A linear regression is a special case of the classical linear regression models that describes the relationship between two variables by fitting a linear equation to observed data. Thereby, one variable is considered to be the explanatory (or independent) variable, and the other variable is considered to be the dependent variable. For instance, an econometrician might want to relate weight to their calorie consumption using a linear regression model.
One reason why the omitted variable leads to biased estimates is that omitting a relevant variable violates assumption 3 of the necessary assumptions of the classical regression model that states that all explanatory variables must be exogenous, i.e.
From this post, we know that omitting a relevant variable from the regression causes the error term and the explanatory variables to be correlated.
Continue reading Omitted Variable Bias: Violation of CLRM–Assumption 3: Explanatory Variables must be exogenous
The following post provides a recap of the previous posts on the omitted variable bias (Introduction, Explanation, In-depth discussion of the bias, Consequences of the omitted variable bias) and concludes with some general advise. In case you haven’t read the previous posts, you might want to start from the beginning in order to fully understand the issues related to the omitted variable bias.
All in all, the omitted variable bias is a severe problem. Neglecting a relevant variable leads to biased and inconsistent estimates. Hence, as a general advice, when you are working with linear regression models, you should pay close attention to potentially omitted variables. In particular, you should ask yourself the following questions: Continue reading Omitted Variable Bias: Conclusion
In this post, we will discuss the consequence of the omitted variable bias in a more elaborate way. Particularly, we will show that omitting a variable form the regression model violates an OLS assumption and discuss what will happen if this assumption is violated.
In the previous two posts on the Omitted Variable Bias (Post 1 and Post 2), we discussed the hypothetical case of finding out what determines the price of a car. In the hypothetical example, we assumed, for simplicity, that the price of a car depends only on the age of a car and its milage. In this post, we discuss the effects of the omitted variable bias on single coefficients. In order to do so, suppose that you want to find out what is the effect of miles on the price a car.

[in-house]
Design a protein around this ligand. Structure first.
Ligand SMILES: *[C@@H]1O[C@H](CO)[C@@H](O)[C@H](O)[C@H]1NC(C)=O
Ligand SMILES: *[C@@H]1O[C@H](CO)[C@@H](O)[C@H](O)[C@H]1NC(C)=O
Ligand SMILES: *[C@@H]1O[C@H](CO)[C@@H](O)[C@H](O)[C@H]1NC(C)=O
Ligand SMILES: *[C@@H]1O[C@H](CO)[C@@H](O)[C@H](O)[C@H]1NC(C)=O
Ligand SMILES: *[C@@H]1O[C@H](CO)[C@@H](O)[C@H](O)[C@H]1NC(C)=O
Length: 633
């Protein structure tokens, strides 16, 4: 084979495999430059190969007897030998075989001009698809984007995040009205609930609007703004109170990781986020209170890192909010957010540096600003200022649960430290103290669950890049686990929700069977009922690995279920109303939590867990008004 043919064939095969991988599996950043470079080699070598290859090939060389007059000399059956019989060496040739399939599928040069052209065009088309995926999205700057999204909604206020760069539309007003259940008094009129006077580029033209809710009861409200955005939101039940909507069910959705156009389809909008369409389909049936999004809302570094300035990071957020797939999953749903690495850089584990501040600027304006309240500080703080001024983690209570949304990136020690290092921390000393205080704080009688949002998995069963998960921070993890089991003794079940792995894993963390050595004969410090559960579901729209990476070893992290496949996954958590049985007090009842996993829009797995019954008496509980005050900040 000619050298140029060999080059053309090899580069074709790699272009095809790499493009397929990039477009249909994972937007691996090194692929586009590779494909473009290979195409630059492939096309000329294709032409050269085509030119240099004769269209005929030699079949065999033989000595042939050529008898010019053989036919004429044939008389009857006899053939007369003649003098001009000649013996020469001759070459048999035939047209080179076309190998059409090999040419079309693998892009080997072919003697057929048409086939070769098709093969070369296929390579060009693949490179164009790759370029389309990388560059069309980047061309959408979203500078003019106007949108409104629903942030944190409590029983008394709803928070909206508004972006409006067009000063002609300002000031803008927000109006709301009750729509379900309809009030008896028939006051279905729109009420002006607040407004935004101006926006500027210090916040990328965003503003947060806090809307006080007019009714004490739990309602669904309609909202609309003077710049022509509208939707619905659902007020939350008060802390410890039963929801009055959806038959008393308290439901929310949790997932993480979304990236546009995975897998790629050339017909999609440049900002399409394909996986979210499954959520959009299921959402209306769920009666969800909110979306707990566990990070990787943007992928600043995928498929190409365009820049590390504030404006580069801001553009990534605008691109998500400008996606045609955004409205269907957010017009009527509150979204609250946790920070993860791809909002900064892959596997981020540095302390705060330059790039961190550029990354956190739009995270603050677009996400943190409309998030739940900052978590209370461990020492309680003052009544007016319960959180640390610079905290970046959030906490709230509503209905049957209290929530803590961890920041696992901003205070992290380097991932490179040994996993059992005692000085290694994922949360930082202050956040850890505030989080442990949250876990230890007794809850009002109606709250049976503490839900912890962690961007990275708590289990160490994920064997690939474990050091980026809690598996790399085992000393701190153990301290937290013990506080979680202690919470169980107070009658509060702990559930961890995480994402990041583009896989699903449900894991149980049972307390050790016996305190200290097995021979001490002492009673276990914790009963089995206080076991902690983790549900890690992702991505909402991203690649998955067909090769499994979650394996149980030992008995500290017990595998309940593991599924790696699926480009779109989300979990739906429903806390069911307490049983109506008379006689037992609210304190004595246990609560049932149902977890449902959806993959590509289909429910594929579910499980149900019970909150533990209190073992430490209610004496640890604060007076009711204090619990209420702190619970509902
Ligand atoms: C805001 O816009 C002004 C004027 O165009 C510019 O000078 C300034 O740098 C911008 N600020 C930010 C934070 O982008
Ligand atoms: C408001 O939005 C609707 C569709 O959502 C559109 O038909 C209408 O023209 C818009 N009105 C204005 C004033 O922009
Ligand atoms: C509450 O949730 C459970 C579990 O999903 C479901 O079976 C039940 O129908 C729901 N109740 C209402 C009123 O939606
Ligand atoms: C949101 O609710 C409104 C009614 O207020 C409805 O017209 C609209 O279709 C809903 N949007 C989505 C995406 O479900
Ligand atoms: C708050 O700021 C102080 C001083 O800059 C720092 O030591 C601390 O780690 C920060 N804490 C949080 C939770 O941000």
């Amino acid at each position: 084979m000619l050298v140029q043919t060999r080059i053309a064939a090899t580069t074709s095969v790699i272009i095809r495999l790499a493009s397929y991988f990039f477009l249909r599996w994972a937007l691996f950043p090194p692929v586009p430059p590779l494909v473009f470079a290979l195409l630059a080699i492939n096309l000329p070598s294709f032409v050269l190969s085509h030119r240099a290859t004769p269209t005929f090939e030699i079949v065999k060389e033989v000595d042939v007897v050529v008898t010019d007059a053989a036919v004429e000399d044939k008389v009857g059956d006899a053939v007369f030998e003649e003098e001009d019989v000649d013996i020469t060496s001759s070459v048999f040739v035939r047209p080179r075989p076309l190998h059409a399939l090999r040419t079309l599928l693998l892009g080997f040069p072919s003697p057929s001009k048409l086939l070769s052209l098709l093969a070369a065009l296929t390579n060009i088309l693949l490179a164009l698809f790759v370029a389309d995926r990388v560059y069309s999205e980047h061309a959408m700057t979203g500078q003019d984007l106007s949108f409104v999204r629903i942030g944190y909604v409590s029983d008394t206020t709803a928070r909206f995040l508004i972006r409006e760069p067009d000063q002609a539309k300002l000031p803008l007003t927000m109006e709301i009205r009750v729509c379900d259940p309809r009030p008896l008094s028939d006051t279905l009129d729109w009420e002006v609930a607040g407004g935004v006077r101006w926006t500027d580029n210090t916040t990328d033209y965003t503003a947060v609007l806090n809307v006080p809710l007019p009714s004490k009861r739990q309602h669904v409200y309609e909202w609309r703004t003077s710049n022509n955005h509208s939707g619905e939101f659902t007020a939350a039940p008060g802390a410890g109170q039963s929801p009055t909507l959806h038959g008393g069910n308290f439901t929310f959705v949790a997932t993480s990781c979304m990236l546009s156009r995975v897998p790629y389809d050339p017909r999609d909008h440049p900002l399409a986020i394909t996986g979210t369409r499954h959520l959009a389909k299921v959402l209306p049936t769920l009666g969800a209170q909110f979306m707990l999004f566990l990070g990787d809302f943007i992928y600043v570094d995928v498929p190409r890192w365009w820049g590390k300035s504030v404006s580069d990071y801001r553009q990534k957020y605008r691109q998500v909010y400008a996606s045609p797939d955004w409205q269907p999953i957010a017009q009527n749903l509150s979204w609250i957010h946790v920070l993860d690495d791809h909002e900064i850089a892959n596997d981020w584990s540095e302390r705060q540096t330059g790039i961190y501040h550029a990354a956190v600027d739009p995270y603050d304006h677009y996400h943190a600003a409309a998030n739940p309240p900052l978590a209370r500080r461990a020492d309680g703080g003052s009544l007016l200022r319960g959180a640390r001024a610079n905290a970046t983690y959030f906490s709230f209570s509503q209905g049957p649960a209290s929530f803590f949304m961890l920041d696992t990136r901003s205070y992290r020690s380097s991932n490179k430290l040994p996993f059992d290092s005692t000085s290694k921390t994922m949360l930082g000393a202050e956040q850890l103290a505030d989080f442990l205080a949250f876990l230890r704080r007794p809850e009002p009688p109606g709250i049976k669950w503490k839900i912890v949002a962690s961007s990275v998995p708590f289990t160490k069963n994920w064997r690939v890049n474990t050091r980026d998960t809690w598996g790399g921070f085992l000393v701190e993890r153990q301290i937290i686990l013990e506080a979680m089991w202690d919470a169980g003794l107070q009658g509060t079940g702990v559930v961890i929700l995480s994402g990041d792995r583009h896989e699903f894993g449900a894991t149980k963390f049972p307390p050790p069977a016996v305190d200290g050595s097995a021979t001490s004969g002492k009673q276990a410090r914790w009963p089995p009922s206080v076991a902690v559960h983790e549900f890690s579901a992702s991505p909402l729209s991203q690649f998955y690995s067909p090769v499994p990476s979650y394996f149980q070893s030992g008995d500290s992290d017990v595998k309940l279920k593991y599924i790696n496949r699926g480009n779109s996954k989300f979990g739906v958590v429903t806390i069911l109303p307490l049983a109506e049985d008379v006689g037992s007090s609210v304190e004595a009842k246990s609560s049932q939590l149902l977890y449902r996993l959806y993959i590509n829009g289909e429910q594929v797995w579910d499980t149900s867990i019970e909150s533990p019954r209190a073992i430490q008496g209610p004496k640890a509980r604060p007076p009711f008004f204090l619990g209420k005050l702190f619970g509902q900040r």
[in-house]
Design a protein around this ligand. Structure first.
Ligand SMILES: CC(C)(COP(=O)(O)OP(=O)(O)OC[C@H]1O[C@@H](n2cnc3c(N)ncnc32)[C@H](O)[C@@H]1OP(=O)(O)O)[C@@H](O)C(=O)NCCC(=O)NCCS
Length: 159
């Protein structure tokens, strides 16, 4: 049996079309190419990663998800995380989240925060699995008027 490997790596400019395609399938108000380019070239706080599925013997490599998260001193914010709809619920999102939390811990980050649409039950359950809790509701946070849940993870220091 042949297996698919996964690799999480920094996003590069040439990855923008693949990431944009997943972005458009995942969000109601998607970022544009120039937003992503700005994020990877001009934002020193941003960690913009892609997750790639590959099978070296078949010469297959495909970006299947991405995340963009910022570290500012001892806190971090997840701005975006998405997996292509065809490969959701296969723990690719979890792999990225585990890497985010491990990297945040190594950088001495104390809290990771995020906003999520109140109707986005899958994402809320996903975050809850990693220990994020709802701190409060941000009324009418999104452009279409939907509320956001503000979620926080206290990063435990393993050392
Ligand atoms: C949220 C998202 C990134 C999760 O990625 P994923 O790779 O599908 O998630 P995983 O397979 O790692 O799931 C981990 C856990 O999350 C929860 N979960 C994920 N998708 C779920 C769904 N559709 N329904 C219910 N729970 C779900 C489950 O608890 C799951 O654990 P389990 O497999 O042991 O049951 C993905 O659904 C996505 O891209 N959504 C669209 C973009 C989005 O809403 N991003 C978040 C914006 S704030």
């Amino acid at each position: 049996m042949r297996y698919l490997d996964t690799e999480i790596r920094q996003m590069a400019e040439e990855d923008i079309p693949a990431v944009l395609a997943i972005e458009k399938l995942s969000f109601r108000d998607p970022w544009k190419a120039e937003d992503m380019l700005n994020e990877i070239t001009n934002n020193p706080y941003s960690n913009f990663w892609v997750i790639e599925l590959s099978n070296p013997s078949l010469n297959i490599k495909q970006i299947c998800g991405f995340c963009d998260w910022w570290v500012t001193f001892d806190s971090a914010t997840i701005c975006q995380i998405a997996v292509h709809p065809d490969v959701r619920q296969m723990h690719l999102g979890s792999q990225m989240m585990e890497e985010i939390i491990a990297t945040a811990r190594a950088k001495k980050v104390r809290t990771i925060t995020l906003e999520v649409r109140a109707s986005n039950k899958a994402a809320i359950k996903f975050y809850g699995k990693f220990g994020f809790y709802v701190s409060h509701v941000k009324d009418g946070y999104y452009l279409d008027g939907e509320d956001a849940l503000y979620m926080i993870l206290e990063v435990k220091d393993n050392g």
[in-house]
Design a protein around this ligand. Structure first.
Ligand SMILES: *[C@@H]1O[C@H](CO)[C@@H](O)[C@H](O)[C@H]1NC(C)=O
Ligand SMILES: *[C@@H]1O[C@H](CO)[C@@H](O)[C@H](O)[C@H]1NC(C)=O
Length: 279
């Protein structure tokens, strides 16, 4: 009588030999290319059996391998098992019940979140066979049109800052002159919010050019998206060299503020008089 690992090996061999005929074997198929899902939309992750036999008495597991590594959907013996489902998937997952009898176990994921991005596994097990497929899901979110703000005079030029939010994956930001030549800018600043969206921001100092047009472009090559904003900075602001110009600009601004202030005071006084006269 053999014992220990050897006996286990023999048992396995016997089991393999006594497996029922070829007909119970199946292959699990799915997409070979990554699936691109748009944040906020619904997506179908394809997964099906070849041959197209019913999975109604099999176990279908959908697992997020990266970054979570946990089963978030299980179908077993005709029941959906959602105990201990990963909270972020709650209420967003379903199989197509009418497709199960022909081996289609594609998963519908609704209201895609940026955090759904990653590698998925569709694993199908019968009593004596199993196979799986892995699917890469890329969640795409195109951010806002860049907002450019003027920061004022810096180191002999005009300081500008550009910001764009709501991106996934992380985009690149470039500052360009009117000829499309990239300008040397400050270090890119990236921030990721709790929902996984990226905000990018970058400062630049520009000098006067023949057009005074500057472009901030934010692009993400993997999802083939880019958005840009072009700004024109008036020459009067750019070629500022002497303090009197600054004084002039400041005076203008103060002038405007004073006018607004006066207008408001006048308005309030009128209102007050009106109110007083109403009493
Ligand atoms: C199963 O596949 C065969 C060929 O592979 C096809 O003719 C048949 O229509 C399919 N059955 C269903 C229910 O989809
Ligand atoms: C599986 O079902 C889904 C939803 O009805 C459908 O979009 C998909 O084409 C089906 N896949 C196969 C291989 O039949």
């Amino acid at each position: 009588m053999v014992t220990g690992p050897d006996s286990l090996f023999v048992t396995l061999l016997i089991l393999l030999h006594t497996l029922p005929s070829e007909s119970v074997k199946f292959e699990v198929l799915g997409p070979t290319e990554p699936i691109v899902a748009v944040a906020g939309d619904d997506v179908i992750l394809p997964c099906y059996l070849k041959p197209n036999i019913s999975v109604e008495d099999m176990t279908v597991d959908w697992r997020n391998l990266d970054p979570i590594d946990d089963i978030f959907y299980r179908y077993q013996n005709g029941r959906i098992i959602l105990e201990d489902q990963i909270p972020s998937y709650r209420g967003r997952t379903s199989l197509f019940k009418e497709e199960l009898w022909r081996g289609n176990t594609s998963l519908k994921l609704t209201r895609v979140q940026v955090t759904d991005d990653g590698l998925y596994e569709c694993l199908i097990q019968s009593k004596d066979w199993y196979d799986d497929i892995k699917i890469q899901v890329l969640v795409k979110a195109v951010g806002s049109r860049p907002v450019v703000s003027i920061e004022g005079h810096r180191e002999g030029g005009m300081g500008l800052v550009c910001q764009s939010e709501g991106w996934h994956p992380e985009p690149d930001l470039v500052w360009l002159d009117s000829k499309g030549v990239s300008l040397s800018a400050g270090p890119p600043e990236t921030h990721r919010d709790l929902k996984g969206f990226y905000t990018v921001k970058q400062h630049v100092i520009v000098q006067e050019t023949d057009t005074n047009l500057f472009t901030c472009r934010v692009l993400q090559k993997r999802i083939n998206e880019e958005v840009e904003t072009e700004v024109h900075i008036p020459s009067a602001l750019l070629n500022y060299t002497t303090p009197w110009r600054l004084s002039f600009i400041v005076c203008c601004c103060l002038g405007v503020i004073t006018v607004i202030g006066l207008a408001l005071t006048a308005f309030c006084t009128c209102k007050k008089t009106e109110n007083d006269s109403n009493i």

The second part of the series on the Omitted Variable Bias intends to increase the readers understanding of the bias. Let’s continue with the example from the Introduction. Let the dependent variable be the price of a car and the explanatory variables be the car’s millage and the car’s age. In our case, both millage and age are important factors to that determine the price of a car. Continue reading Omitted Variable Bias: Understanding the Bias
The omitted variable bias is a common and serious problem in regression analysis. Generally, the problem arises if one does not consider all relevant variables in a regression. In this case, one violates the first assumption of the assumption of the classical linear regression model. In the introductory part of this series of posts on the omitted variable bias, you will learn what is exactly the omitted variable bias.
Let’s start with an example, suppose Continue reading Omitted Variable Bias: Introduction
What are the commands for the most important mathematical operations in Julia and R? The following table translates the most common Julia commands into R language.
Accessing Vector/Matrix Elements
How to access vector and matrix elements in Julia and R? The following table translates the most common Julia commands into R language.
Manipulating Vectors and Matrices
How to manipulate vectors and matrices in Julia and R? The following table translates the most common Julia commands into R language.